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Lou Grant (TV series)

From Wikipedia, the free encyclopedia

Lou Grant
Created by
Based onLou Grant
by James L. Brooks and Allan Burns
Developed byLeon Tokatyan
Country of originUnited States
Original languageEnglish
No. of seasons5
No. of episodes114 (list of episodes)
Executive producers
  • Allan Burns
  • James L. Brooks
  • Gene Reynolds
Running time46–48 minutes
Production companyMTM Productions
Distributor20th Television
Original networkCBS
Audio formatMonaural
Original releaseSeptember 20, 1977 (1977-09-20) –
September 13, 1982 (1982-09-13)
Preceded byThe Mary Tyler Moore Show
Followed byMary and Rhoda

Lou Grant is an American drama television series starring Ed Asner in the title role as a newspaper editor that aired on CBS from September 20, 1977, to September 13, 1982. The third spin-off (after Rhoda and Phyllis) of the sitcom The Mary Tyler Moore Show, Lou Grant was created by James L. Brooks, Allan Burns, and Gene Reynolds.

Lou Grant won 13 Primetime Emmy Awards, including Outstanding Drama Series twice. Asner received the Primetime Emmy Award for Outstanding Lead Actor in a Drama Series in 1978 and 1980. In doing so, he became the first person to win an Emmy Award for both Outstanding Lead Actor in a Drama Series and Outstanding Supporting Actor in a Comedy Series for portraying the same character. Lou Grant also won two Golden Globe Awards, a Peabody Award, an Eddie Award, three awards from the Directors Guild of America, and two Humanitas Prizes.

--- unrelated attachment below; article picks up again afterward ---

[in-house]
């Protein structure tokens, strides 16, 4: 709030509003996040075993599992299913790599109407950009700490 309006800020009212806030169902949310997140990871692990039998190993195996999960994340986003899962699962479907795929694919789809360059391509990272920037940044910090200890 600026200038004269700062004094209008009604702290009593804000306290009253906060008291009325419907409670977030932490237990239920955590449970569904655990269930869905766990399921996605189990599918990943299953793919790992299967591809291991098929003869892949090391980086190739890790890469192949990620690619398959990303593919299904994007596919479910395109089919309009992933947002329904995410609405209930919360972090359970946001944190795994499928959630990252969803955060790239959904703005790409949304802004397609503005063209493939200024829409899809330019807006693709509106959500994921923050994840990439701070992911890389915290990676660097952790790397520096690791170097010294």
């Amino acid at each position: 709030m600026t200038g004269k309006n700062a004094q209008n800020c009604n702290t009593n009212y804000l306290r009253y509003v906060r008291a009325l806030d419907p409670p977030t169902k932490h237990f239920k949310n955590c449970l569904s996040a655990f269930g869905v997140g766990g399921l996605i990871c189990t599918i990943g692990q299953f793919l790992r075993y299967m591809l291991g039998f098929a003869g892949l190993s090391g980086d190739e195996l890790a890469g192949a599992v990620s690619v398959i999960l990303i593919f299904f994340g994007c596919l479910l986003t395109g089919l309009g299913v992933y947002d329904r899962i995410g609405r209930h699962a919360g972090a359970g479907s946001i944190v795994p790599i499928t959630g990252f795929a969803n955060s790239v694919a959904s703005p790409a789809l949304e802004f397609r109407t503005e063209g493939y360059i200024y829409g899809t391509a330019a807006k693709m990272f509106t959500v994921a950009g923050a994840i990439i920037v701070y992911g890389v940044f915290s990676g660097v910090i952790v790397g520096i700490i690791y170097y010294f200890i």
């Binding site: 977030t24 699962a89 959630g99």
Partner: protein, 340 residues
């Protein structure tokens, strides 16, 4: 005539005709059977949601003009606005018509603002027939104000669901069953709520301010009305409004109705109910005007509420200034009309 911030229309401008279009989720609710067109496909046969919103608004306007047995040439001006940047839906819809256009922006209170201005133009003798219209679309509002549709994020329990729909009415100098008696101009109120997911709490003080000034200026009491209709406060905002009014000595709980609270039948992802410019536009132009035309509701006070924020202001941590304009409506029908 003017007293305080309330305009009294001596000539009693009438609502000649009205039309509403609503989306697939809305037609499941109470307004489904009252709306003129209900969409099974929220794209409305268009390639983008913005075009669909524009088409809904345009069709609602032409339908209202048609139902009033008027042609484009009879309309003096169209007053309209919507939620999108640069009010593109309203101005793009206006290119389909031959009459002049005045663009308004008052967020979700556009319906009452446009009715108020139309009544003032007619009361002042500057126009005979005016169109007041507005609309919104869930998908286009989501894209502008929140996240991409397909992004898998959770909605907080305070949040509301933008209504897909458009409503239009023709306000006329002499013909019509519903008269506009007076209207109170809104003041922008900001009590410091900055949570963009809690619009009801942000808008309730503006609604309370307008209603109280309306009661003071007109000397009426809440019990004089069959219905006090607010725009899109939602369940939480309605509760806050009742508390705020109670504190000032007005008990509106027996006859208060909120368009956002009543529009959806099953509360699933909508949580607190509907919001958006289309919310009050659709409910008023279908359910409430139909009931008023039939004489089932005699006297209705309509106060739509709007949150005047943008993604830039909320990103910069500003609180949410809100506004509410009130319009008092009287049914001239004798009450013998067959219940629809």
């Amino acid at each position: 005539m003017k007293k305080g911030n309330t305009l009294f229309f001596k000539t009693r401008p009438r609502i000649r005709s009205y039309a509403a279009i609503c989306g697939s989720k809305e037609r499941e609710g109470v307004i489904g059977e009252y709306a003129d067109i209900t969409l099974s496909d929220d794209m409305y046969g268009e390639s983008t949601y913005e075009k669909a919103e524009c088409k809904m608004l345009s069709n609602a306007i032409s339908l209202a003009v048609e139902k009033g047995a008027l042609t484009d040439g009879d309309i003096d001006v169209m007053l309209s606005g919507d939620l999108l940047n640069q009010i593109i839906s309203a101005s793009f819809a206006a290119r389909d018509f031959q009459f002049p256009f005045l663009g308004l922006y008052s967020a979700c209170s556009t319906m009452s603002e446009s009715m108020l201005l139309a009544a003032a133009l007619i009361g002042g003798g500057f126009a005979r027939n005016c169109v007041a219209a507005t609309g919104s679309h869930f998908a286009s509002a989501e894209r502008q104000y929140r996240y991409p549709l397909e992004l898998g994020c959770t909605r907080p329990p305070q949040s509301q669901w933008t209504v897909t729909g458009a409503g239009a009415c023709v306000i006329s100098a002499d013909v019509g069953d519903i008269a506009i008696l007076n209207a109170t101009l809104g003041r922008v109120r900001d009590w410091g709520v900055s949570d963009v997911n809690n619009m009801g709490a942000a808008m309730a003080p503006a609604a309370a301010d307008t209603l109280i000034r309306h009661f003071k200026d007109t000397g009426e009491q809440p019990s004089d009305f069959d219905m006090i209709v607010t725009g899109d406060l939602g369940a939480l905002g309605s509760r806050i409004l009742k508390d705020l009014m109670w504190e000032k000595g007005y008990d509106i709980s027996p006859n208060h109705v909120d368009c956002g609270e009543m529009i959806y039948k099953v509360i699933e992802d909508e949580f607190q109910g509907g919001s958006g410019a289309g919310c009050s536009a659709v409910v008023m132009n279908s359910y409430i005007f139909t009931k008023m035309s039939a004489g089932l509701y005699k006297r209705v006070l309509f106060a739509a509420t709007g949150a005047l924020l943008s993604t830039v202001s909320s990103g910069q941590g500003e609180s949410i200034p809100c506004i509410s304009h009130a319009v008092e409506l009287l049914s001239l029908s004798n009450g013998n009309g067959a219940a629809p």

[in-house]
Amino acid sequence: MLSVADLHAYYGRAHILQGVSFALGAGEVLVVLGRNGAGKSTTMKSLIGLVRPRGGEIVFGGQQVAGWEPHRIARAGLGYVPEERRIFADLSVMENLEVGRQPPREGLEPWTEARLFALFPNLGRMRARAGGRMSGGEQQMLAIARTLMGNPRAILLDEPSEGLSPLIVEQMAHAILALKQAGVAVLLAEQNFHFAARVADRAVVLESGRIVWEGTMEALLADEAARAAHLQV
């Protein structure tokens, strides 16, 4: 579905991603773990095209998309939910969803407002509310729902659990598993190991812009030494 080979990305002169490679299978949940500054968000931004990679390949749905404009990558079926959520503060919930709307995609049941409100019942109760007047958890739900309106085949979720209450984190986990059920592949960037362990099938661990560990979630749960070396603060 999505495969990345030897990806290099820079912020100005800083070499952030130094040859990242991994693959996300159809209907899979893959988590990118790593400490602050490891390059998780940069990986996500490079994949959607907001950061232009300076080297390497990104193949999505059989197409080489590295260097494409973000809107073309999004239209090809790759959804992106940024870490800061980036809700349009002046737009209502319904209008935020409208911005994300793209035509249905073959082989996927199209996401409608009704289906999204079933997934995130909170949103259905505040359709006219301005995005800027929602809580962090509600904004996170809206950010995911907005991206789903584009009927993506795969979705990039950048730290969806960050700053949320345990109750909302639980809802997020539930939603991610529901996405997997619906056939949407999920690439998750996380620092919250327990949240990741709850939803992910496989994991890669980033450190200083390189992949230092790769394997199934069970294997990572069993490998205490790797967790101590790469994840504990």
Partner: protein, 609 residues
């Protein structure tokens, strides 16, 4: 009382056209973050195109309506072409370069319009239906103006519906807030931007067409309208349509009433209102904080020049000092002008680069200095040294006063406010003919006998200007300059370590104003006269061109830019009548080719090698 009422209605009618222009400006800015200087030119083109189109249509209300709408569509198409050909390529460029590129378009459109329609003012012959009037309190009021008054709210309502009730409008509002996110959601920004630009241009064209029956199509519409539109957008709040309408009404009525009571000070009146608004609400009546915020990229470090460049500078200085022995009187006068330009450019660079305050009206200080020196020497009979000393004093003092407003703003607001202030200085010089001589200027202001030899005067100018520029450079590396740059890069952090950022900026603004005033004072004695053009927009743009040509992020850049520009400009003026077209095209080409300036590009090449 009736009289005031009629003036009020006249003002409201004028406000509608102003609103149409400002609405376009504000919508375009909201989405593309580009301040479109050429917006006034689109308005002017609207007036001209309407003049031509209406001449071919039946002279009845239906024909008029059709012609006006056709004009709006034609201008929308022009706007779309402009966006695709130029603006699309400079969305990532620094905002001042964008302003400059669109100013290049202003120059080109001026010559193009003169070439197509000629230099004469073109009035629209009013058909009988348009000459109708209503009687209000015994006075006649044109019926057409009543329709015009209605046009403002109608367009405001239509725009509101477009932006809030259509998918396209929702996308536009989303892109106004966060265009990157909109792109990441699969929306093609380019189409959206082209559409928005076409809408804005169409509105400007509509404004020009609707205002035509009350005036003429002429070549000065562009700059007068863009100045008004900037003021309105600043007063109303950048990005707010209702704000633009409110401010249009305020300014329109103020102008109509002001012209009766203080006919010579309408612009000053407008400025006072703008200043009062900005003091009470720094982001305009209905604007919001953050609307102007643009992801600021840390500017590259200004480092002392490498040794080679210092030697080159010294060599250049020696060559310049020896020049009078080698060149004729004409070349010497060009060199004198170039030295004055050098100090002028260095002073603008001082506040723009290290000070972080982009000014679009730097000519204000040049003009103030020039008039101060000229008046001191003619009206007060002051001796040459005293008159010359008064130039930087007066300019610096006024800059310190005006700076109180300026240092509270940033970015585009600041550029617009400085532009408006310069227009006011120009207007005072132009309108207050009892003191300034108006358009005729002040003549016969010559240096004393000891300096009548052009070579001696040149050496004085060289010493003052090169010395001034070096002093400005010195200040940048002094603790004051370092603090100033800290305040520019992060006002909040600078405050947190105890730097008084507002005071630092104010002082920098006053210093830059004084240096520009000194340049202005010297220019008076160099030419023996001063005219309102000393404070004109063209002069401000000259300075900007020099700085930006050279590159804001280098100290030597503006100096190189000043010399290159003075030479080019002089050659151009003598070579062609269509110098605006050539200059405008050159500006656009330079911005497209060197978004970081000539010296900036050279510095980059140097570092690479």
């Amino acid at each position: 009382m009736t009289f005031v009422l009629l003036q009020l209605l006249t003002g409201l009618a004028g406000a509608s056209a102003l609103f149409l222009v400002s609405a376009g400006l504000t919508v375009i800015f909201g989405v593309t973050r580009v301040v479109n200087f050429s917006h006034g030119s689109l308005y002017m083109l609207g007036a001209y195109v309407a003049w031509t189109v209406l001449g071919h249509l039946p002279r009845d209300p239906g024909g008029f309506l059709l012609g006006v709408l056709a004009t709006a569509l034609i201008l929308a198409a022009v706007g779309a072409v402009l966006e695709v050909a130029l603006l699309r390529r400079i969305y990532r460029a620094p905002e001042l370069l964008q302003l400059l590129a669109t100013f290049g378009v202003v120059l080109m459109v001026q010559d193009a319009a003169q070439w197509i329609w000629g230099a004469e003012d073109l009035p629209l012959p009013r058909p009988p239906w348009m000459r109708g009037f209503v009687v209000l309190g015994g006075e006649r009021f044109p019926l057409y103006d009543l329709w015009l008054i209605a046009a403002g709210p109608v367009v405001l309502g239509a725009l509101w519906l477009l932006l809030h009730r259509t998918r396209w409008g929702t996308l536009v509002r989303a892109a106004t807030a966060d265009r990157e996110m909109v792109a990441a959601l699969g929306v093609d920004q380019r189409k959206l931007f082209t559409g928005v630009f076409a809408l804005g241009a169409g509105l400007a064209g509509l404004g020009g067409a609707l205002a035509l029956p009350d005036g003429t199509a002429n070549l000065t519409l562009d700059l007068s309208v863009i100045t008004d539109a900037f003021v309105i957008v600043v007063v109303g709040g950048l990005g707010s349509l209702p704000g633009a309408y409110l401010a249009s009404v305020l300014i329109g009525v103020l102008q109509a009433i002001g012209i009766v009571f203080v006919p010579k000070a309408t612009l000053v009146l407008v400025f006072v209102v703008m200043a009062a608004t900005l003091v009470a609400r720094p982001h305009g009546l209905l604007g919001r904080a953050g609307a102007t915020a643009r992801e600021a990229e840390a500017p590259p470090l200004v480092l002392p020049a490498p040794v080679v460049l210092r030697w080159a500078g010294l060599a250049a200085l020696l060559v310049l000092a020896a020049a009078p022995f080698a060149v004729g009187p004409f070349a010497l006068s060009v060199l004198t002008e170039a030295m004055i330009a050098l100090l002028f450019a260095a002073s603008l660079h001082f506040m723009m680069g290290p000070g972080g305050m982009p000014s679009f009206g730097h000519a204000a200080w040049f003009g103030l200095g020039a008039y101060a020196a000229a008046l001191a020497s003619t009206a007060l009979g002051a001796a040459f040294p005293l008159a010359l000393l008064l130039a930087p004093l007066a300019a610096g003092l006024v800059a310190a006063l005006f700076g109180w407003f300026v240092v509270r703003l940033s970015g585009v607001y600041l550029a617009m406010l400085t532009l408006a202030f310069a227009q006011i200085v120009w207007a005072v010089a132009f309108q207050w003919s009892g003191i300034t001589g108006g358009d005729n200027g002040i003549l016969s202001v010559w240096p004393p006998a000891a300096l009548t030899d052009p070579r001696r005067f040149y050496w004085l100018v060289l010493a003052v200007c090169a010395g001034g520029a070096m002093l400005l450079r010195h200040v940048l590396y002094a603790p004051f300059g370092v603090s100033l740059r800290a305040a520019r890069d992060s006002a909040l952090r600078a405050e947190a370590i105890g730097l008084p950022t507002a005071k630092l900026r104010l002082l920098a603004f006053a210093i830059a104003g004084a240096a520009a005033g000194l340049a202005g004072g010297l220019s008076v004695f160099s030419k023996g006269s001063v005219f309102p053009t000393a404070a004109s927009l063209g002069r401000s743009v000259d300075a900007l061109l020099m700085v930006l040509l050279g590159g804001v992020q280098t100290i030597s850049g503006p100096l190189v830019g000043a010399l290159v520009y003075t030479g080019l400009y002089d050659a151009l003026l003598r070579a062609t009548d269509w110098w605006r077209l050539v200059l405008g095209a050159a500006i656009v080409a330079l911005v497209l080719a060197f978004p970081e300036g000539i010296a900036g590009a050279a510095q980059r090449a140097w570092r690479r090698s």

Summary and setting

Lou Grant works as city editor of the fictional Los Angeles Tribune daily newspaper, a job he takes after being fired from WJM-TV in Minneapolis at the end of the sitcom The Mary Tyler Moore Show. (Grant mentions several times on Mary Tyler Moore that he had begun his career as a print journalist.)

Given the shift from comedy to drama in this show, the nature of Grant's interactions with others is toned down. Often abrasive and overbearing in MTM, Grant more often assumes a firm-but-fair persona in this series. References to Grant's occasional excessive drinking, which had been an ongoing comic theme on Mary Tyler Moore, were de-emphasized on the new show. Usually shown as rumpled and carelessly dressed on MTM, Grant is usually dressed neatly if not stylishly on the new series, wearing ties in the office and sport jackets outside.